The Real Black Swan of 2020: The Assault on Small Business
Most people believe the coronavirus was a Black Swan, an unexpected event of large magnitude with unprecedented consequences. But Nassim Nicholas Taleb, who coined that metaphor, disagrees. Coronaviruses were well known, though the SARS-CoV-2 strain that hit humans was new. And the pandemic wasn’t unexpected. Experts had been warning of one – though not of the coronavirus per se – for some years. In 2019, the government had even conducted months-long pandemic preparation drills. Taleb’s annoyance is at the diminution of his coinage to a cliché.
There was, however, a real Black Swan event in 2020, says Carol Roth in her book The War on Small Business: How the Government Used the Pandemic to Crush the Backbone of America. It was the U.S. government’s reaction to the pandemic – with unprecedented decisions and a lockdown that forced people to stop working and doing business for months on end. The pandemic became a pretext for a politically motivated campaign against small businesses and individuals to hasten the consolidation of power in Big Business, Big Tech, and Big Government. That is the hook and weighty claim with which Roth begins her book.
A “recovering investment banker,” Roth has seen how Wall Street undermines Main Street by working with government through lobbyists and lawyers. Her book explores two big ideas. First, that the ills of capitalism – the concentration of immense wealth in a few individuals, for example – cannot be cured by central planning (or more government) because the real problem is the government. Second, the more the government has tried to protect us from “big, bad wolf-esque” corporations, the more powerful they have grown. This happens because central planning is all about control: a few powerful figures, reminiscent of the cliques and nomenklatura of the Soviet Union, decide on everything. Since control of the few is easier, small businesses – competitive, resolute, and representing the true, independent spirit of capitalism – must be broken.
The battle for power and control, Roth stresses, is the background against which readers should see her tour d’horizon of the impact of the pandemic response. A well-established system of cronyism – the very antithesis of testing business ideas in the market – has been bent on killing small businesses, individual rights, and ultimately, freedom. It did not waste the opportunity it saw in the “fifteen days to flatten the curve,” which dragged on to almost a year and crushed hundreds of thousands of small businesses. She says it ensured that the government declared war on small business, while doing everything to favor big business.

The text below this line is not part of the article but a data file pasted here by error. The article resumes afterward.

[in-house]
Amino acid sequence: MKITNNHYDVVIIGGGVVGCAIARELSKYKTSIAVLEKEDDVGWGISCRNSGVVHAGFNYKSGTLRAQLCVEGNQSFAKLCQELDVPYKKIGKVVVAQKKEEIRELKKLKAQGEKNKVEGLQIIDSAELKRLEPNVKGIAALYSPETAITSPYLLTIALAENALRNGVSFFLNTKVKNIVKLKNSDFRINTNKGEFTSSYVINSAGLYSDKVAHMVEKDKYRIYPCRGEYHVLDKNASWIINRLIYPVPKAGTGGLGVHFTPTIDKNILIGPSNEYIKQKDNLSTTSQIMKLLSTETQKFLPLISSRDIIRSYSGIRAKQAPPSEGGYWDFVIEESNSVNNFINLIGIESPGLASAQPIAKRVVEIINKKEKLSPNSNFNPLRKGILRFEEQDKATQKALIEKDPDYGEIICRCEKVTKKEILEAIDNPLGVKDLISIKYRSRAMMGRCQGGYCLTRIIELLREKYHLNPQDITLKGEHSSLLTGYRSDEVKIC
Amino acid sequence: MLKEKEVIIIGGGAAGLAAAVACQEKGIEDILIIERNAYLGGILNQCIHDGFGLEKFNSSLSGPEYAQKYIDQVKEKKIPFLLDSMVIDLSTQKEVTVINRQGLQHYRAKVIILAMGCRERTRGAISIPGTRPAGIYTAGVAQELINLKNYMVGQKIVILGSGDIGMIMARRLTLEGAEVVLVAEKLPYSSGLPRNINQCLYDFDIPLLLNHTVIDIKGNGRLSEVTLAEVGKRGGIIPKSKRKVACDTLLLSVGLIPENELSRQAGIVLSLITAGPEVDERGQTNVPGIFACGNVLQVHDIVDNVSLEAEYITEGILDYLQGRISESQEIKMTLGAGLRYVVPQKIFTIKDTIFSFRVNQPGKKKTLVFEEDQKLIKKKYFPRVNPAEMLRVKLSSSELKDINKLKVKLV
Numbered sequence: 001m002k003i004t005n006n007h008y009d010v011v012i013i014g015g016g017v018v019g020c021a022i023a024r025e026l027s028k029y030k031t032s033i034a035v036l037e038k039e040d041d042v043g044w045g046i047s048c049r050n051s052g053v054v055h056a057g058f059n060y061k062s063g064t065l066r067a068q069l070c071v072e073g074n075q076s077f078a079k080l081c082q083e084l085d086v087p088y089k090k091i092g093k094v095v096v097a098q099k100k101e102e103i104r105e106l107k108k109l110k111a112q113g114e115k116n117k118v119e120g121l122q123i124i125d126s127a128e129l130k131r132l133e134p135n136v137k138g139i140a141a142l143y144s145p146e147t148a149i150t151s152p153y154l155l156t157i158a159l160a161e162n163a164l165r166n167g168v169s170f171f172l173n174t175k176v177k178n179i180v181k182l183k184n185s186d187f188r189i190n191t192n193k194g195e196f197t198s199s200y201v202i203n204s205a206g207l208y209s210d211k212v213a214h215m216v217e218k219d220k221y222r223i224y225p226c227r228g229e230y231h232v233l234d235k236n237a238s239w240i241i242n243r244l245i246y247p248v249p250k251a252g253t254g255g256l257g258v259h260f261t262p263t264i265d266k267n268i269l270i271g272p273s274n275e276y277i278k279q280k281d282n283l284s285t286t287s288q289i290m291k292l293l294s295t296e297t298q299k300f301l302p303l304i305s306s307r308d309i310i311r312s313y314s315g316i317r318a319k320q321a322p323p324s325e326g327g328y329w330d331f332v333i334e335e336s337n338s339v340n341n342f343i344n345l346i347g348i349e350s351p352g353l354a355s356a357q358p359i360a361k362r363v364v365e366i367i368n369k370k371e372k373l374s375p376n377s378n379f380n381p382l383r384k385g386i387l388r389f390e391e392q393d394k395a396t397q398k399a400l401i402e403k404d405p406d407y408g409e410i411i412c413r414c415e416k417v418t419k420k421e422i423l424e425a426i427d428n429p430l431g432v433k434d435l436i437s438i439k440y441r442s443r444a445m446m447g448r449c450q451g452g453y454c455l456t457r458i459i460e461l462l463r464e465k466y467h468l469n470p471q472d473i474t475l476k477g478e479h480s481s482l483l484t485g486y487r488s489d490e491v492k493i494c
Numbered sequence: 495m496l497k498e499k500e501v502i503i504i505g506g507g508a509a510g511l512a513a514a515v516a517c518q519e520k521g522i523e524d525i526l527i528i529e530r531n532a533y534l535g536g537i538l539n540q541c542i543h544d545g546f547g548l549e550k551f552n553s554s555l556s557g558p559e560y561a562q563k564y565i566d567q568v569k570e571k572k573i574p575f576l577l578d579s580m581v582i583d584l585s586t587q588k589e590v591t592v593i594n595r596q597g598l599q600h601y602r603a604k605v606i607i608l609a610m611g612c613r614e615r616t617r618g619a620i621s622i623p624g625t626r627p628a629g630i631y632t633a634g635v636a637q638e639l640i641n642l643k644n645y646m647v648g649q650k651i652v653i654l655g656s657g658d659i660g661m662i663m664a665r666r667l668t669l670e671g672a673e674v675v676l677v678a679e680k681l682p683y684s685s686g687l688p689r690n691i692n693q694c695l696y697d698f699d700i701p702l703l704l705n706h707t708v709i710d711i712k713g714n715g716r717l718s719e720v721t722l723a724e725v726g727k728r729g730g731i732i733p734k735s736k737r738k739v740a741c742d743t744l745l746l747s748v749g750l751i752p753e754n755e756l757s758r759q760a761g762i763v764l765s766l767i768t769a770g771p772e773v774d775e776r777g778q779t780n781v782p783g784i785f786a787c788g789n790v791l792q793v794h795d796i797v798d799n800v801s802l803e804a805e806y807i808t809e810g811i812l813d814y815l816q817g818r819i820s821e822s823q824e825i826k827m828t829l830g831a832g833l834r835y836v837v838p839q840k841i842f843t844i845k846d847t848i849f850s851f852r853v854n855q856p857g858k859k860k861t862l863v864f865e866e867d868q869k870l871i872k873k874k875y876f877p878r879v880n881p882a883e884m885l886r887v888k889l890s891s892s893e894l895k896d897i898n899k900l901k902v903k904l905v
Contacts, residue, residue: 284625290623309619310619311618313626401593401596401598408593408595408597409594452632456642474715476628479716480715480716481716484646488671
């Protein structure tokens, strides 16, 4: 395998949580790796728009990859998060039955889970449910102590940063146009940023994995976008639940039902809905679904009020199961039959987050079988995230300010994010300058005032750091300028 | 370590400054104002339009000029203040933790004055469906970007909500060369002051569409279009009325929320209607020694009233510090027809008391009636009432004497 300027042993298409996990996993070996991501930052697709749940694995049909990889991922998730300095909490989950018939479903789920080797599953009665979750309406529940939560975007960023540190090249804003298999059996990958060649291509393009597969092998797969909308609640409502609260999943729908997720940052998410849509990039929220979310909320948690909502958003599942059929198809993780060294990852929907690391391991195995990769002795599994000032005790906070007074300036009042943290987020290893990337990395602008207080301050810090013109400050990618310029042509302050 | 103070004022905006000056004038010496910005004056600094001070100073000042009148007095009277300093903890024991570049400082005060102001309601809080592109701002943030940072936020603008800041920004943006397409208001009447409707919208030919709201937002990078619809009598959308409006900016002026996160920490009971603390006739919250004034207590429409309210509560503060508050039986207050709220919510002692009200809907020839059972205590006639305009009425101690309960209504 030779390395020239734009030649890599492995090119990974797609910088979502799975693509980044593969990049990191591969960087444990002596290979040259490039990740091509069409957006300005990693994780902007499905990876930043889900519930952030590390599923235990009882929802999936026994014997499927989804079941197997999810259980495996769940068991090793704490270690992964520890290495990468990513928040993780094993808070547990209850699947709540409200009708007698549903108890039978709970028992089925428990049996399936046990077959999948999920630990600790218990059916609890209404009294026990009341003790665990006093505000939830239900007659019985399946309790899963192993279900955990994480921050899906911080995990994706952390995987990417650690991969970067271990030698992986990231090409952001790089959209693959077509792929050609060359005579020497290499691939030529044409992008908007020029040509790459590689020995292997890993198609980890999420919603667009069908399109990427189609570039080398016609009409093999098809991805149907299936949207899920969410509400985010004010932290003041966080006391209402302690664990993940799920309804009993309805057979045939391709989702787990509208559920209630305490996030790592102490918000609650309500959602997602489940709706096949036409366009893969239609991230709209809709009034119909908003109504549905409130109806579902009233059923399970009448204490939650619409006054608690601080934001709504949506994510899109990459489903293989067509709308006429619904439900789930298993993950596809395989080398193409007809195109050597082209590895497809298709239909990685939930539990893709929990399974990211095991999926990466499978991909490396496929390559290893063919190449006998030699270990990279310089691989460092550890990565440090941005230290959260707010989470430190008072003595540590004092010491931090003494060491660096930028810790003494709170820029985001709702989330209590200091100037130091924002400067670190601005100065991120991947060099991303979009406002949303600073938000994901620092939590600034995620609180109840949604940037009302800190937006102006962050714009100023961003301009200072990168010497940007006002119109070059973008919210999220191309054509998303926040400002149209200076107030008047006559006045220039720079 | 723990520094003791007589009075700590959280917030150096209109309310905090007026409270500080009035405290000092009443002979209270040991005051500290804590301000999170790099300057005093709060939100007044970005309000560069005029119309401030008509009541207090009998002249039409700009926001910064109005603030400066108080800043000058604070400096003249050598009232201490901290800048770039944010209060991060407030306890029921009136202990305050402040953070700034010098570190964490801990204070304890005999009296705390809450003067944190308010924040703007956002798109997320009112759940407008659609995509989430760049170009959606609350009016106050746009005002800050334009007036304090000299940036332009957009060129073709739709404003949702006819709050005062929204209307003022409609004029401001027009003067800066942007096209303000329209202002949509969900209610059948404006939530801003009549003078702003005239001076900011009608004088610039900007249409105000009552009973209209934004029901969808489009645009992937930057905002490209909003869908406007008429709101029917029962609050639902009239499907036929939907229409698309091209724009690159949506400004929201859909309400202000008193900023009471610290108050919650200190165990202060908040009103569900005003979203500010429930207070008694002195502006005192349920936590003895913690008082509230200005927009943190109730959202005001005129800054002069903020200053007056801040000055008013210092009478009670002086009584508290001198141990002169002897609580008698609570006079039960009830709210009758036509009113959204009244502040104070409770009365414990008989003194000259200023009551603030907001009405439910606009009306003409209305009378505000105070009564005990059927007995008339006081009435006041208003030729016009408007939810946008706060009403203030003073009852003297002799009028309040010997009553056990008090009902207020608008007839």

Roth points out several biased inconsistencies in lockdown rules. Large corporations never shuttered; in fact, they prospered during the year. The government allowed large-box retailers to remain open, while smaller stores – possibly environs of lesser infectivity – were penalized for opening. The book reports on fighters like Shelley Luther, of Dallas, TX, who went to jail for keeping her salon open, though she maintained strict safety protocols. Driven to desperation, she and her staff had decided to work. “Feeding my kids is not selfish,” she told the judge. “If you think the law is more important than getting kids fed, please go ahead with your decision but I’m not going to shut the salon.”
Through examples like Luther’s, the book raises many questions. Why should a large pet store that grooms dogs be open while nail salons were ordered shut? How could businesses that sold alcohol and marijuana be declared “essential”? Why close houses of worship (or limit the number of worshippers) when more people could gather in large grocery stores? How could left-wing, Antifa and BLM protests, where demonstrators violated masking and social-distancing rules and turned violent, be granted permission? Why did police hold back when these protestors looted, vandalized or set fire to small businesses? What began as government “helping society” became a power grab that enforced arbitrary standards.